Jan 1 ’07

Compliance Options: Hidden Stakeholders and You

by Editor in z/Journal

A recent client experience made me think about the challenges you face as you try to serve the needs of all your own clients, internal and external.

But first, a confession. I need to describe what I see when I think of you. I picture a maze: a large building filled with offices and cubes. It’s a sea of beige, with beige walls lined with beige file cabinets, and hundreds of beige cubes arranged in an incomprehensible jumble of beige squares and aisles.

To find you, I imagine, I’d have to start near the elevators, go past the bathrooms and beige break rooms, and wander up and down a few beige corridors looking for the right cluster of cubes. I wouldn’t find it, of course. Finally, I’d poke my head into a beige conference room and ask the people inside if they could direct me to the mainframe group. They’d laugh, make a few jokes about rats and mazes, and then direct me to go past the cube with the big plant, turn left at the poster with the hang gliders, and then take a left, a right, and another right. I’d know I was almost there when I saw the collection of “Dilbert” cartoons.

That’s what I picture. I wish I could say I image a workspace with clear signs indicating the location of analysts, testers, programmers, etc., but in all my travels, I’ve never seen such a place—just seas of people who may or may not know the individuals sitting just three aisles away.

Which brings me to my story. I was at the client site, facilitating a Joint Application Development (JAD) session that brought together business and IT resources from across the company. We had two goals: to decide how to deal with some long-standing, data-related issues and to lay the groundwork for some future data governance activities.

Some of the people in the room knew each other; others had never met. The one thing everyone had in common was that their business processes and IT systems touched the data under discussion.

We were discussing a field designed to store a prediction: the date when a customer might be expected to graduate from college. This was of interest to the client’s marketing team, because they need to tie their marketing efforts to such triggers. They were at the JAD session to ask other participants to use their processes and systems to help gather better data.

Some people in the room were clearly wondering why they were there. Couldn’t this have been handled with a few phone calls to IT people, they seemed to be thinking. The only group that uses this information is marketing—let them get what they need and leave the rest of us alone! And then something happened that caught everyone’s attention.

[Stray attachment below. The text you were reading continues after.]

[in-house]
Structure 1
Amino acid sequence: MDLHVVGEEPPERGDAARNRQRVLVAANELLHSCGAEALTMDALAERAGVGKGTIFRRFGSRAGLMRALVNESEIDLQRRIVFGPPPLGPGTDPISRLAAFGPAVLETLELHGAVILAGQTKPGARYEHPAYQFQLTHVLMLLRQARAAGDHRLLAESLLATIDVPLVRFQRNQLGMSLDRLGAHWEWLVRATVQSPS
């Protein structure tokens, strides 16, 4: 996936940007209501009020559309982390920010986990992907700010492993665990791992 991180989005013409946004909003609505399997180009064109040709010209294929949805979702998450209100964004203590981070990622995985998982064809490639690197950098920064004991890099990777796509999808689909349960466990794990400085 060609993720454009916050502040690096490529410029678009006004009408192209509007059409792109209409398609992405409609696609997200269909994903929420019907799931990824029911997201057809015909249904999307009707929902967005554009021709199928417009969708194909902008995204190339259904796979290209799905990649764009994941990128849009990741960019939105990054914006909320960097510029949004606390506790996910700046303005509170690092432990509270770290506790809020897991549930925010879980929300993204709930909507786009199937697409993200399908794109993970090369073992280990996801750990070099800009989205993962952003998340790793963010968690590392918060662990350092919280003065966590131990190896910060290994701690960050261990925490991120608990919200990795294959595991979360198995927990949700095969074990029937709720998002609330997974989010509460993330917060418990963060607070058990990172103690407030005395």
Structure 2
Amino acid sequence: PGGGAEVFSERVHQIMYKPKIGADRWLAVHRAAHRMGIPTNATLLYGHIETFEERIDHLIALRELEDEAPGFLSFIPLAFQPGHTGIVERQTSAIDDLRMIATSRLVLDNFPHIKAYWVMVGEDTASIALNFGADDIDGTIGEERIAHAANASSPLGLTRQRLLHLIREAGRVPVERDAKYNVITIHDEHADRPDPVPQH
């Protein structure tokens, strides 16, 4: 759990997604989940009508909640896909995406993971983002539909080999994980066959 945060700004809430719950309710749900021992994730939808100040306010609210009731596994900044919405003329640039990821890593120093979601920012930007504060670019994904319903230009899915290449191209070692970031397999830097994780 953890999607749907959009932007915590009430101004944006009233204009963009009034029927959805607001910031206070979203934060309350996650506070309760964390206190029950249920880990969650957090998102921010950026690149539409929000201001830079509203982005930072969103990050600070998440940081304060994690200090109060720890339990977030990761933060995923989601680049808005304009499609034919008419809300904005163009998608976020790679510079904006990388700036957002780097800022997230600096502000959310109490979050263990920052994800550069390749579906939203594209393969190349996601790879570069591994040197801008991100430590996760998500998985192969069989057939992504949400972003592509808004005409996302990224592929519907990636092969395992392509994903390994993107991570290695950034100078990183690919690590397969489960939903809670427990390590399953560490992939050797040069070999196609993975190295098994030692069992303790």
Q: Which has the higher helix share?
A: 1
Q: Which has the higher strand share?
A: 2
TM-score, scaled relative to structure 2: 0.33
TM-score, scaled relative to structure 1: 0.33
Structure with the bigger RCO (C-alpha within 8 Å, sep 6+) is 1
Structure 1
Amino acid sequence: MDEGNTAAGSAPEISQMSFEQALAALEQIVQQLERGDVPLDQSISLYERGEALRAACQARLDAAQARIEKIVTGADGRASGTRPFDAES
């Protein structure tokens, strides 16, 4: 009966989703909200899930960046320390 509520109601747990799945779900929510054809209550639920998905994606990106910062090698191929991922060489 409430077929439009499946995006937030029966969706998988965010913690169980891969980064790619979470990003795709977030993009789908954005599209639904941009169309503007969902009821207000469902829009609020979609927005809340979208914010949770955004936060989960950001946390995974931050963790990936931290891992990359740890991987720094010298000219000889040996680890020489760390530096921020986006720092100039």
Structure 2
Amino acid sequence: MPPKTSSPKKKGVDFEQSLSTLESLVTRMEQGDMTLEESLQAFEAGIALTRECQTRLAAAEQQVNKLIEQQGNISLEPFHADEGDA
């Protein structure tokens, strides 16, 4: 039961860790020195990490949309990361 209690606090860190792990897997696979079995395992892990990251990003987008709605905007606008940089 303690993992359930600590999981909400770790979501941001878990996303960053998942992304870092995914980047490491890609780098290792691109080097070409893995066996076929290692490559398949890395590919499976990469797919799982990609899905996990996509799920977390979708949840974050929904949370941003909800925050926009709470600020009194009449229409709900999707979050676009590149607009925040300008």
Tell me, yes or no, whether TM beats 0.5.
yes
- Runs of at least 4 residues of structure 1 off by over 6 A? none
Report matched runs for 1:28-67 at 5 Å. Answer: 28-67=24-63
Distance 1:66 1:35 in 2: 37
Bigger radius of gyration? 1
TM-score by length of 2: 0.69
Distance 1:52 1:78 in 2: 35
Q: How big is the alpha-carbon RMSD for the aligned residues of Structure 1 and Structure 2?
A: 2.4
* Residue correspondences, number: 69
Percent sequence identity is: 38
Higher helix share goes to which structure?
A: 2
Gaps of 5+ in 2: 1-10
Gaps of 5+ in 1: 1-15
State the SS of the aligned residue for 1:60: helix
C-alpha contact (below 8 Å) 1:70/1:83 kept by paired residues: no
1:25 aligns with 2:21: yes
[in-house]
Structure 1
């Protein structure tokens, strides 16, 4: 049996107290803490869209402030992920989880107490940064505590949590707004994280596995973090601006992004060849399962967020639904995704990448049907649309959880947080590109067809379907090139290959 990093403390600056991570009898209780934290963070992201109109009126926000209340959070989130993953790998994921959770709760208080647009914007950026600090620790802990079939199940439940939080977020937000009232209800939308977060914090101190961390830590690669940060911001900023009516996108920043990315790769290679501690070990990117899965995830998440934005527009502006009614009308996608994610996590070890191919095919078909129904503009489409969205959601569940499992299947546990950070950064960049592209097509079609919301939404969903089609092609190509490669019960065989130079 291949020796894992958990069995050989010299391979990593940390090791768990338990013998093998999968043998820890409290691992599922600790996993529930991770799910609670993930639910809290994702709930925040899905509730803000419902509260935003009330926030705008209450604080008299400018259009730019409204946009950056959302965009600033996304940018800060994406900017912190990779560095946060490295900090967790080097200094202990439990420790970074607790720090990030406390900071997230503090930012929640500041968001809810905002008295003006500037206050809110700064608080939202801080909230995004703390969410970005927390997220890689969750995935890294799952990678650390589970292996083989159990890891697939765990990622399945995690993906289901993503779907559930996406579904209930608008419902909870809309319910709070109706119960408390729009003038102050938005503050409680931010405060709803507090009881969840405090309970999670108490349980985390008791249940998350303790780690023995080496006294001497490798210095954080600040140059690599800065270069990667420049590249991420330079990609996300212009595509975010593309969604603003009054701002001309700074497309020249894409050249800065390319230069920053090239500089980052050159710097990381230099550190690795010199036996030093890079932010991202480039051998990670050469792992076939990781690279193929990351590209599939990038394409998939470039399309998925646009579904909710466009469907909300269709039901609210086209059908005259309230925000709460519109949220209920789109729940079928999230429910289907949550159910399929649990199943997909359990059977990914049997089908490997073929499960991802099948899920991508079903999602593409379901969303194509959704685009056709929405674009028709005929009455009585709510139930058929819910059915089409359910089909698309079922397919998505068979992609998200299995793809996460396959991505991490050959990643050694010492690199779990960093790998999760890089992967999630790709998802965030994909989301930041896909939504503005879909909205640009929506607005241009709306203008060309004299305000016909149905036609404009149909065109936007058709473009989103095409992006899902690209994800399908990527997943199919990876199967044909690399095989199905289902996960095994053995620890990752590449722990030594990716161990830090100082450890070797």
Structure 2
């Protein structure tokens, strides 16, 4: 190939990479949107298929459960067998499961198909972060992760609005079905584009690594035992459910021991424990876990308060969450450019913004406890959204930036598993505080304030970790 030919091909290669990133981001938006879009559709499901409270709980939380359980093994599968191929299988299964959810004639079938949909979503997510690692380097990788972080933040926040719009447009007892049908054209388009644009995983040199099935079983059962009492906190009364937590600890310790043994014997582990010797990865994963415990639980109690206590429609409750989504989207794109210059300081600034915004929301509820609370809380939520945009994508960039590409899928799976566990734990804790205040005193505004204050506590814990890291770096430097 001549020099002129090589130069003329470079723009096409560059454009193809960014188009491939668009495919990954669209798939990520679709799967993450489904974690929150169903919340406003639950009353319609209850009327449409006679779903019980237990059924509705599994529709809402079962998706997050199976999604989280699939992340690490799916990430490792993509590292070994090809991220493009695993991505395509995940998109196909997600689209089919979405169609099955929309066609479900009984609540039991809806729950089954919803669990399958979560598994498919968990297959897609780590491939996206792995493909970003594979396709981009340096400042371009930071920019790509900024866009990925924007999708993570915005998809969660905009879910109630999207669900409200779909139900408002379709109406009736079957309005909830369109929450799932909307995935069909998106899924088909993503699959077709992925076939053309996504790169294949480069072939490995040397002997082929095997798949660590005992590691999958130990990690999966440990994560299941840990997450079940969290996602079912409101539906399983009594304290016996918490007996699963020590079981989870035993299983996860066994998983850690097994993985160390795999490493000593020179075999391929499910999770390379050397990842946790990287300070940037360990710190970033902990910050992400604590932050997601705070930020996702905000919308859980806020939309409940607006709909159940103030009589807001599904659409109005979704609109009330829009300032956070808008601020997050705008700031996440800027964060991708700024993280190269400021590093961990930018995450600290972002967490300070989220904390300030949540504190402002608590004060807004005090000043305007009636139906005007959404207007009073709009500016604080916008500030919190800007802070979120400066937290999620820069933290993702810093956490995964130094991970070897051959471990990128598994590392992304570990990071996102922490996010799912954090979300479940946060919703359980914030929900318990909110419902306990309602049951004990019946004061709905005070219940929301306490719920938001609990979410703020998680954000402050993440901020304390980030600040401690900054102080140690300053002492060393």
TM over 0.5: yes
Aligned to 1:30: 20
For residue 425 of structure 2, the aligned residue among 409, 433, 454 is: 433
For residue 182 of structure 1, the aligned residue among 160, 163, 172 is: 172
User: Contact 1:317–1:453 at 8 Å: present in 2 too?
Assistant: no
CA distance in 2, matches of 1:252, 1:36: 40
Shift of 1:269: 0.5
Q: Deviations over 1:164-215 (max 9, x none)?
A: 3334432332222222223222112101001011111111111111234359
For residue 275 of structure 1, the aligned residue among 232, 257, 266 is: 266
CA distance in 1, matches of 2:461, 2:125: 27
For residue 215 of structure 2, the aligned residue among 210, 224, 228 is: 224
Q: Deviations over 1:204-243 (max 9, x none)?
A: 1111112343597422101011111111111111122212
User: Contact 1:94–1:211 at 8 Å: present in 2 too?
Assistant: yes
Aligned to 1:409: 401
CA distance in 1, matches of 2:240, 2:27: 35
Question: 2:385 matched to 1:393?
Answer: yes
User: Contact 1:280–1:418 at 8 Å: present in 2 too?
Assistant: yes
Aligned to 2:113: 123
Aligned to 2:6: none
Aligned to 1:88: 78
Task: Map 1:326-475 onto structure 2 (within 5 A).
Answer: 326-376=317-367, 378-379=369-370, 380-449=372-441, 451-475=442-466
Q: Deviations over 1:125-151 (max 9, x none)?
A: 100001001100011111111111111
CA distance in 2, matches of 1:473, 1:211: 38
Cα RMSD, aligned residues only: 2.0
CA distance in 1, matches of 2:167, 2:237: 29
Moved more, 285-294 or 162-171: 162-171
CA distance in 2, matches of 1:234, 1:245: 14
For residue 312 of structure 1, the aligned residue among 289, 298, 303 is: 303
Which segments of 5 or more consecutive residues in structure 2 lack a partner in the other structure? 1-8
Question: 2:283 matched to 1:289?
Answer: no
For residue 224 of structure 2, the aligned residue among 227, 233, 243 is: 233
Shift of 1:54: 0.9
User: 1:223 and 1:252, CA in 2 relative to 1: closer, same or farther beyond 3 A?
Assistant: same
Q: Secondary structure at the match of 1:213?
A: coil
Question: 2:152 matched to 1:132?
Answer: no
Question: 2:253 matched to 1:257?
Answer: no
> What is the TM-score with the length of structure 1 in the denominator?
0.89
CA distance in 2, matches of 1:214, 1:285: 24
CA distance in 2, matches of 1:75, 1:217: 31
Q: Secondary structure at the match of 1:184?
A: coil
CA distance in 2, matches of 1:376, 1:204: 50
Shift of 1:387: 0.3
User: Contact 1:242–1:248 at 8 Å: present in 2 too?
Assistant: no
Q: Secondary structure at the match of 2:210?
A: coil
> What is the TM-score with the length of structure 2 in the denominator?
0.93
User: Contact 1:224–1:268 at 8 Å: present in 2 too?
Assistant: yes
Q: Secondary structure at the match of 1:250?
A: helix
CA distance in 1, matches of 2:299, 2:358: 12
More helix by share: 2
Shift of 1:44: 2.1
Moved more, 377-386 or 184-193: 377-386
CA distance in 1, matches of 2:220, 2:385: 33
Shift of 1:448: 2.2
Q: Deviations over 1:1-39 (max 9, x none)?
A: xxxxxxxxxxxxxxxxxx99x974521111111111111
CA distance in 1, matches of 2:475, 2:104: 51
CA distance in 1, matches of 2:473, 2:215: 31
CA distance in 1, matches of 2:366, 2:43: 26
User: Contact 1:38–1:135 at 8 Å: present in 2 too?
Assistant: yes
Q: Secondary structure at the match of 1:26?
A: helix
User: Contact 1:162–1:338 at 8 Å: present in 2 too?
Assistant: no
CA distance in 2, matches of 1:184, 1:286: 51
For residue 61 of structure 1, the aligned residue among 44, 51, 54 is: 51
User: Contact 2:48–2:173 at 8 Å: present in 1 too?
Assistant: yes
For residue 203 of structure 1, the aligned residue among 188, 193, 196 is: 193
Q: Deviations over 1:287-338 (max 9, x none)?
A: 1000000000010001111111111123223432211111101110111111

“Do I hear from the people in this room that this field is absolutely not subject to any compliance requirements?” I asked. There were nods around the room, and then one hand was raised. It was the woman representing the finance department.

“Actually,” she said, “we use that field when we calculate projected earnings, like marketing does, but we do independent calculations. That puts it in scope of Sarbanes- Oxley change control, so you shouldn’t do anything to change how you treat that data without involving us.”

What followed was a discussion of data flows, business processes, and change control protocols that involved everyone in the room. Later, evaluations confirmed that the exchange of information—and the insights gained—were considered invaluable by the participants. We not only met marketing’s need, we also added to the knowledge levels of many departments. Participants left with a promise to gladly participate in future data governance-facilitated sessions.

And I was left with a great big “whew!” The group could have inadvertently created a compliance issue while solving a marketing issue! But we didn’t, because we made sure in advance that the right people would be in the room. All data stakeholders were involved in our decision-making process.

How does this compare to how you receive instructions? Do you always know whether the data you’re asked to model, store, or manipulate could be subject to a regulatory compliance requirement? To contractual compliance? Adherence to internal standards or policies?

If you have a formal data governance program, it may provide you with the assurance that all potential data stakeholders’ needs have been considered in the requirements you’re working from. If not, you may want to run through a checklist of your own with those who are providing you with the requirements.

Such a list is available from The Data Governance Institute (www.datagovernance.com). It’s a printable list of more than 50 potential data stakeholders for any data-related decision. You might want to check it out. Z